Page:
Sicario

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In 2015, director Denis Villeneuve, working with actor-turned-screenwriter Taylor Sheridan released Sicario. The film revolving around Emily Blunt playing an FBI agent tasked to work with a shady intelligence officer and his even more mysterious partner in order to take down a malignant druglord while traversing a philosophical minefield about the nature of law and order. The film would garner several Oscar nominations and become a success with audiences as well, but did it deserve such glory or should it be left south of the border? MovieDude Eric, Kent and Chris find out.

 

“District Four” Kevin MacLeod (incompetech.com) Licensed under Creative Commons: By Attribution 3.0 License http://creativecommons.org/licenses/by/3.0/

If you like this episode, you can find more of Arthouse Legends on GonnaGeek.com along with other similar geek podcasts. You can also leave comments at feedback@arthouselegends.com or on our Twitter feed @arthouselegends.

Please make sure to leave feedback about the show on your podcast directory, especially on iTunes in order to help us gain more listeners. Thank you.


Dr. Strangelove: Or How I Learned to Stop Worrying and Love the Bomb

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In 1963, at the height of the Cold War, director Stanley Kubrick wanted to tell a story about the horrors of nuclear war. In the process, he found the terror to be rather funny. In the end, he opted to tell a dark comedic satire about a crazy American General who jumpstarts a nuclear war and a President who is trying to keep it from happening. The result is one of the most controversial comedies of all time: Dr. Strangelove. But does the film deserve its place in history or should it go up in smoke? MovieDude Eric, Kent and Chris ride the missile all the way to the end.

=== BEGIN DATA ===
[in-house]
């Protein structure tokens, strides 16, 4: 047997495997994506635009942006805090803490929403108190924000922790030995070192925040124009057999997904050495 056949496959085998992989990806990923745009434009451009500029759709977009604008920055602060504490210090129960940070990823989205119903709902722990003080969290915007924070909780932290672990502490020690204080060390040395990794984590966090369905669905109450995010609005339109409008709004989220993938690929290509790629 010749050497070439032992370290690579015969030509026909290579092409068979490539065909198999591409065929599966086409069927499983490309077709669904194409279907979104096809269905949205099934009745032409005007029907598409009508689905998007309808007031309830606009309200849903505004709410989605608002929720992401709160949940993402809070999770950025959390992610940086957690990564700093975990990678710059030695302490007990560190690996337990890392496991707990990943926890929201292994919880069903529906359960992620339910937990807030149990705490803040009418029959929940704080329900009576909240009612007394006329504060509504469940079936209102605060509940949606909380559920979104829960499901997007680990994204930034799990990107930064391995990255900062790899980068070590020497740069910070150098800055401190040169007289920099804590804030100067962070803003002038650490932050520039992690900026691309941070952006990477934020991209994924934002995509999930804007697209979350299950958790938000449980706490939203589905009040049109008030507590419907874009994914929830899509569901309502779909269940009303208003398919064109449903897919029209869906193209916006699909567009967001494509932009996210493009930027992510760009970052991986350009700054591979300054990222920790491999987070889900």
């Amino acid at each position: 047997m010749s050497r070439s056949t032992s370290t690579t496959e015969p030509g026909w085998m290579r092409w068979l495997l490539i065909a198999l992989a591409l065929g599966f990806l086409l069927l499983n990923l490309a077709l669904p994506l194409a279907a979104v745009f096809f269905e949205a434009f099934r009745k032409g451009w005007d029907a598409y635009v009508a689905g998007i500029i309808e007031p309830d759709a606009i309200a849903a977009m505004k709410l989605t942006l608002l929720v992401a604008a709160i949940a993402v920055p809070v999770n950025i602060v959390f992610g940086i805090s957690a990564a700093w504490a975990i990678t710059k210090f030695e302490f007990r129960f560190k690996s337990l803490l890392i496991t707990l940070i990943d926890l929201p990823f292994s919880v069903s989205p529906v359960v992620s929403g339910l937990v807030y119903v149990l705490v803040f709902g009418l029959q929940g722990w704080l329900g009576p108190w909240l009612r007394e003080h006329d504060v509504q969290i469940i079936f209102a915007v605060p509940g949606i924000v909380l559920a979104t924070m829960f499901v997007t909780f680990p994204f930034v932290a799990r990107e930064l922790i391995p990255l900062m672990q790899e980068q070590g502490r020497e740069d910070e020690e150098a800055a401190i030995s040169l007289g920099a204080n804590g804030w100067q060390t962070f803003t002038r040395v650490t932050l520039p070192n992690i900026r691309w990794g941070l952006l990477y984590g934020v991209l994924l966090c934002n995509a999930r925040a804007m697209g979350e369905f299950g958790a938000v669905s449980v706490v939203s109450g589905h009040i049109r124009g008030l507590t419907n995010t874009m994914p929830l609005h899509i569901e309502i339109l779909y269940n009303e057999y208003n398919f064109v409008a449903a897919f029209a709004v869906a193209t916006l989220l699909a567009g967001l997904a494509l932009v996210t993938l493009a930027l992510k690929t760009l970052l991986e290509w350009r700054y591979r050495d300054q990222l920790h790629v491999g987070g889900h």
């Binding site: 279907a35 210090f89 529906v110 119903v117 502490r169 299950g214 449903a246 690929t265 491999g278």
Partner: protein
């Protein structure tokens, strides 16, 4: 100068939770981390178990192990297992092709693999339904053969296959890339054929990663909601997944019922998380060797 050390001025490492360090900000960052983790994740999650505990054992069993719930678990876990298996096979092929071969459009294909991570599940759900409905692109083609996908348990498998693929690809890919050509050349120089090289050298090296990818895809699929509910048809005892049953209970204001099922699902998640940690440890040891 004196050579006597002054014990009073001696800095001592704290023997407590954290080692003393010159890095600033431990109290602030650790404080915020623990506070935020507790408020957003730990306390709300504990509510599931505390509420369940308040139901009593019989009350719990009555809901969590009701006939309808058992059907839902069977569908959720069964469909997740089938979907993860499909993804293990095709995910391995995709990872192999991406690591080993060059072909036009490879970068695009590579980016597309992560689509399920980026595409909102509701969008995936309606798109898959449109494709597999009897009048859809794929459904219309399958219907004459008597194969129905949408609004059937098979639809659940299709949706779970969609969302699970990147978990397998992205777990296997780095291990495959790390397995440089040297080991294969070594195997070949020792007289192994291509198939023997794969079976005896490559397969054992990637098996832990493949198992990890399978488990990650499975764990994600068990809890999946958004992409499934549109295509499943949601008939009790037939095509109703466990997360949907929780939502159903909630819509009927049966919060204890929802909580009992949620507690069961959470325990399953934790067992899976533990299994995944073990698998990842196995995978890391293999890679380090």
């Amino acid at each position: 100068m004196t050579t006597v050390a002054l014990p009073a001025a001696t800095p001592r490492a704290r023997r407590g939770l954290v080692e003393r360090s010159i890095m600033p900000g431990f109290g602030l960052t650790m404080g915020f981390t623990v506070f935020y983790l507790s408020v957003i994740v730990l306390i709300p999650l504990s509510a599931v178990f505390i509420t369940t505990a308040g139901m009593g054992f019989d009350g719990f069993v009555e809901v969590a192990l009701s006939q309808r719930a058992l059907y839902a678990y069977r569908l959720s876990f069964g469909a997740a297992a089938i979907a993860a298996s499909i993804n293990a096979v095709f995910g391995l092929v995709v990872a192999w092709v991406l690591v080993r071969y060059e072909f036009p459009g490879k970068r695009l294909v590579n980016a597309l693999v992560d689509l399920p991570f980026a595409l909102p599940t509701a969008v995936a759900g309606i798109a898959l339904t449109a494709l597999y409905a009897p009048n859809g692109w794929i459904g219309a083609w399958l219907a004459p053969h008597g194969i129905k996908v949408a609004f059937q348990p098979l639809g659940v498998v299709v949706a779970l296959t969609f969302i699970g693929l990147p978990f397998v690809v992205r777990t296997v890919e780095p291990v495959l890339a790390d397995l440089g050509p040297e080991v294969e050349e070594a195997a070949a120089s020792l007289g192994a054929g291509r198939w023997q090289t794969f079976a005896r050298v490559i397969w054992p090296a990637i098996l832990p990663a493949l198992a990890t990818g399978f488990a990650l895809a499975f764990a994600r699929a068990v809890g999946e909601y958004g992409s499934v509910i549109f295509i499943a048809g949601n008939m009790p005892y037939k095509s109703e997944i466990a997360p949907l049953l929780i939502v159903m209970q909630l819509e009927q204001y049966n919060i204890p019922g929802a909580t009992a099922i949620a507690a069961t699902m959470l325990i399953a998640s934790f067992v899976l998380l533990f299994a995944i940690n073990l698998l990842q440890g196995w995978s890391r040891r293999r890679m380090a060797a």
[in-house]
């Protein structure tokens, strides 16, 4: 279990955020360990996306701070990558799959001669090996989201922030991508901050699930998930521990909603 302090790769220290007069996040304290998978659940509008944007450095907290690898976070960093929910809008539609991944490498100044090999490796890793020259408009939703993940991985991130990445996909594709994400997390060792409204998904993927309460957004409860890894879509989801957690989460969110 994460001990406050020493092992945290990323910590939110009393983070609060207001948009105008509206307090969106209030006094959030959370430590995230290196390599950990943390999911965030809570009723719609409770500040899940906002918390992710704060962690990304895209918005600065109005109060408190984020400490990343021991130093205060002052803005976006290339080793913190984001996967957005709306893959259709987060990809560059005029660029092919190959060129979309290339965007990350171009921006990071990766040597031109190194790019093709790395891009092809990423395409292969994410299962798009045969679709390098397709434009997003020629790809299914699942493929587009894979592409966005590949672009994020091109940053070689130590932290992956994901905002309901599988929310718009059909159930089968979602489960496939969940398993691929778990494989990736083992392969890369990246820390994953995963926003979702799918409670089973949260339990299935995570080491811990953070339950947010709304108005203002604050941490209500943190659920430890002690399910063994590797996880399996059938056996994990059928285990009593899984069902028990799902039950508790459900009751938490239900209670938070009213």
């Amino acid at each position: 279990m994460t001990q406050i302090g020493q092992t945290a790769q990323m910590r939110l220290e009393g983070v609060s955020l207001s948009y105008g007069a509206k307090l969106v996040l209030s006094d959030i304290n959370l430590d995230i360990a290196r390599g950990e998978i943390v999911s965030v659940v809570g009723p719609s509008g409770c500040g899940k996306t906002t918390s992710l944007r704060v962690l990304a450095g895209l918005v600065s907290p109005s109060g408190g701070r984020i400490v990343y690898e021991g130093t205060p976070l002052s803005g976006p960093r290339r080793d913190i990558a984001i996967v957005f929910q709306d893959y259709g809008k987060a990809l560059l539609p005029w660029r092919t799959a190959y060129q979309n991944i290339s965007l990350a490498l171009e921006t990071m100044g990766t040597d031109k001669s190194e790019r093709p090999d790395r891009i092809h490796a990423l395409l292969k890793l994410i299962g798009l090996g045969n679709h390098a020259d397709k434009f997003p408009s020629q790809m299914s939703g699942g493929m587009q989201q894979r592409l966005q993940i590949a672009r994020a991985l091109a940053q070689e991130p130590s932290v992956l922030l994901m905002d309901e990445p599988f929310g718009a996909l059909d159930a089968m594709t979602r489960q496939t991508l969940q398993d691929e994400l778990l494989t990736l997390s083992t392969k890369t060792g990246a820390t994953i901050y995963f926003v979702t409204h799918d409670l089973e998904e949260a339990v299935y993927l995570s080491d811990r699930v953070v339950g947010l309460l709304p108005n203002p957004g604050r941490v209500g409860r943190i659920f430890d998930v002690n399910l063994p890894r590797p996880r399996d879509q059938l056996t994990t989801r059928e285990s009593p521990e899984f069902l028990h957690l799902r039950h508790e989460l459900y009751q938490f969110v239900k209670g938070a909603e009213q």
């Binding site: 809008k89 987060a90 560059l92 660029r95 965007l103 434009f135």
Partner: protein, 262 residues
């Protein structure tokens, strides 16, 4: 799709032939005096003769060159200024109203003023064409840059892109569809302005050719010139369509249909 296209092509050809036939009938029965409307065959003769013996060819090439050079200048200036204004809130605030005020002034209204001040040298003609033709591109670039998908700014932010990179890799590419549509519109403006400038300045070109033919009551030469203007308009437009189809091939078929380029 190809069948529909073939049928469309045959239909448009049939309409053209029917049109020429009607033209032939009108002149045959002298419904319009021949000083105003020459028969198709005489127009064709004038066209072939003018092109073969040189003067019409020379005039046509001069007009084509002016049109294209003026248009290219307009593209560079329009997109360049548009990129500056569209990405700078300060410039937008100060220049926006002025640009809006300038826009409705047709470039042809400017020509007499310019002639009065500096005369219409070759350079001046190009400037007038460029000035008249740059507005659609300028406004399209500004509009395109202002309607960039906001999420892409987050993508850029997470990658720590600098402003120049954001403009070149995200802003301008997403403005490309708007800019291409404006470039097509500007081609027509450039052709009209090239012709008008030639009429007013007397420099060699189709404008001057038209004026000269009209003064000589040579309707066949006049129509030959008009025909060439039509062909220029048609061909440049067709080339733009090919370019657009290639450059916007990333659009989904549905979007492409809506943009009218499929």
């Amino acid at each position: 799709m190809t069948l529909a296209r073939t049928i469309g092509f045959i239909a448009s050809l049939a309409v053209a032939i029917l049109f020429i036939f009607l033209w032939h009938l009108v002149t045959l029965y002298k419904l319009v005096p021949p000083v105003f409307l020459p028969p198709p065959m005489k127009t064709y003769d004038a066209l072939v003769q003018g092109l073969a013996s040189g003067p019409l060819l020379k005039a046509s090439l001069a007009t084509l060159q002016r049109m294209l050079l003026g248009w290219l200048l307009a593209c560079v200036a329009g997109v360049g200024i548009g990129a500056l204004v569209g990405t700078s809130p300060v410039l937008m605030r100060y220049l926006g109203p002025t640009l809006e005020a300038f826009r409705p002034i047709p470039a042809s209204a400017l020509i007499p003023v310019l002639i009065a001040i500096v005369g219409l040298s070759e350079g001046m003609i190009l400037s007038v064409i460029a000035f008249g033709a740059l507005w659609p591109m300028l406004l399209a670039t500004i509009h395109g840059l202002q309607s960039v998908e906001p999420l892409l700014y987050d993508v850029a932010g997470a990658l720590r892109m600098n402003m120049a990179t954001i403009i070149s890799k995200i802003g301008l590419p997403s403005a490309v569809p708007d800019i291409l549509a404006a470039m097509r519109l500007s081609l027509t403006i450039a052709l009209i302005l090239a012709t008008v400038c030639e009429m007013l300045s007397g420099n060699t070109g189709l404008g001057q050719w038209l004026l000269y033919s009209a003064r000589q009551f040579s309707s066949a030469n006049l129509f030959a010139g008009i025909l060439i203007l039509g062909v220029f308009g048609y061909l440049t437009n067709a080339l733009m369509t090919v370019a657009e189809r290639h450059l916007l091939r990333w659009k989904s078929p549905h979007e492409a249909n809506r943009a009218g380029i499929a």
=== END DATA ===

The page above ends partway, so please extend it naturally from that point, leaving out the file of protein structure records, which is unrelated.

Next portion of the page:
“District Four” Kevin MacLeod (incompetech.com) Licensed under Creative Commons: By Attribution 3.0 License http://creativecommons.org/licenses/by/3.0/

If you like this episode, you can find more of Arthouse Legends on GonnaGeek.com along with other similar geek podcasts. You can also leave comments at feedback@arthouselegends.com or on our Twitter feed @arthouselegends.

Please make sure to leave feedback about the show on your podcast directory, especially on iTunes in order to help us gain more listeners. Thank you.


The Shape of Water

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In 2017, Director Guillermo Del Toro unveiled his latest homage to classic monster movies called The Shape of Water. Set during the Cold War, a mute cleaning lady working in a government lab forms a bond with a captive merman that leads her to risk everything in order to save him. Winner of the Best Picture Oscar as well as Best Director for Del Toro, does the film earn such acclaim or should it be served with tartar sauce? MovieDude Eric, Kent and Chris find out.


Conan the Barbarian (1982)

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In 1982, writer/director John Milius cast and then-relatively unknown Arnold Schwarzenegger as the pulp fiction/comic book hero Conan the Barbarian. Mixing brutal action with a cacophony of philosophical worldviews, the film found itself initially divided by critics yet beloved by moviegoers, which has only been solidified with time. But does the film deserve eternal glory or to be strapped to the Wheel of Pain for eternity? MovieDude Eric, Kent and Chris are joined by Legends Podcast’s Beef and Jonolobster to find out.

 

“District Four” Kevin MacLeod (incompetech.com) Licensed under Creative Commons: By Attribution 3.0 License http://creativecommons.org/licenses/by/3.0/

If you like this episode, you can find more of Arthouse Legends on GonnaGeek.com along with other similar geek podcasts. You can also leave comments at feedback@arthouselegends.com or on our Twitter feed @arthouselegends.

Please make sure to leave feedback about the show on your podcast directory, especially on iTunes in order to help us gain more listeners. Thank you.


The Birds (1963)

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In 1963, fresh off the success of Psycho, director Alfred Hitchcock followed up this unprecedented success with The Birds. Set in a small coastal California town, a San Francisco socialite tries to woo a handsome lawyer only to be hindered by the combined threat of his mother and the onslaught of murderous aviary creatures. But does this film deserve the classic status it received or should it be pecked to death? MovieDude Eric, Kent and Chris check in to find out.

 

“District Four” Kevin MacLeod (incompetech.com) Licensed under Creative Commons: By Attribution 3.0 License http://creativecommons.org/licenses/by/3.0/

If you like this episode, you can find more of Arthouse Legends on GonnaGeek.com along with other similar geek podcasts. You can also leave comments at feedback@arthouselegends.com or on our Twitter feed @arthouselegends.

Please make sure to leave feedback about the show on your podcast directory, especially on iTunes in order to help us gain more listeners. Thank you.